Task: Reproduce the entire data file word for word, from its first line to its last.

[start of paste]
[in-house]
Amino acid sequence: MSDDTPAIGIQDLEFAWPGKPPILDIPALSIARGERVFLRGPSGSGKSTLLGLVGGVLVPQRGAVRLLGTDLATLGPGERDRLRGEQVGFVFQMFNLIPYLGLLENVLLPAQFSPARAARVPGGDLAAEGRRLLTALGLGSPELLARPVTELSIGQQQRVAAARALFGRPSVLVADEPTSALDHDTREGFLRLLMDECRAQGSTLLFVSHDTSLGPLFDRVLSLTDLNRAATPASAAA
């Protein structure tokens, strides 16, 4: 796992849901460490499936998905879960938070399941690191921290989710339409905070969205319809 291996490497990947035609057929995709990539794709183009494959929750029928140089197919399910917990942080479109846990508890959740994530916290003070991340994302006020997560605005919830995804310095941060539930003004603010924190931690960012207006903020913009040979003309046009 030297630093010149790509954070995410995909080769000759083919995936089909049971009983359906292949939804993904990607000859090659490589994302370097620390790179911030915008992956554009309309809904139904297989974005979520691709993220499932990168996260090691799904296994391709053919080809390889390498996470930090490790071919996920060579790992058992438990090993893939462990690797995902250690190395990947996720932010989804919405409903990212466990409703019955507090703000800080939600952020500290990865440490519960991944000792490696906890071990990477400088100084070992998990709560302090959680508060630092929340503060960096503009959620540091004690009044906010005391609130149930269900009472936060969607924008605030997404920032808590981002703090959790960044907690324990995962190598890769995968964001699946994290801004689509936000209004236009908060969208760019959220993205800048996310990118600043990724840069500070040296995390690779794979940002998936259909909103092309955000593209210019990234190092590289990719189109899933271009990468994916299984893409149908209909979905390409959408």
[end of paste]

[in-house]
Amino acid sequence: MSDDTPAIGIQDLEFAWPGKPPILDIPALSIARGERVFLRGPSGSGKSTLLGLVGGVLVPQRGAVRLLGTDLATLGPGERDRLRGEQVGFVFQMFNLIPYLGLLENVLLPAQFSPARAARVPGGDLAAEGRRLLTALGLGSPELLARPVTELSIGQQQRVAAARALFGRPSVLVADEPTSALDHDTREGFLRLLMDECRAQGSTLLFVSHDTSLGPLFDRVLSLTDLNRAATPASAAA
């Protein structure tokens, strides 16, 4: 796992849901460490499936998905879960938070399941690191921290989710339409905070969205319809 291996490497990947035609057929995709990539794709183009494959929750029928140089197919399910917990942080479109846990508890959740994530916290003070991340994302006020997560605005919830995804310095941060539930003004603010924190931690960012207006903020913009040979003309046009 030297630093010149790509954070995410995909080769000759083919995936089909049971009983359906292949939804993904990607000859090659490589994302370097620390790179911030915008992956554009309309809904139904297989974005979520691709993220499932990168996260090691799904296994391709053919080809390889390498996470930090490790071919996920060579790992058992438990090993893939462990690797995902250690190395990947996720932010989804919405409903990212466990409703019955507090703000800080939600952020500290990865440490519960991944000792490696906890071990990477400088100084070992998990709560302090959680508060630092929340503060960096503009959620540091004690009044906010005391609130149930269900009472936060969607924008605030997404920032808590981002703090959790960044907690324990995962190598890769995968964001699946994290801004689509936000209004236009908060969208760019959220993205800048996310990118600043990724840069500070040296995390690779794979940002998936259909909103092309955000593209210019990234190092590289990719189109899933271009990468994916299984893409149908209909979905390409959408």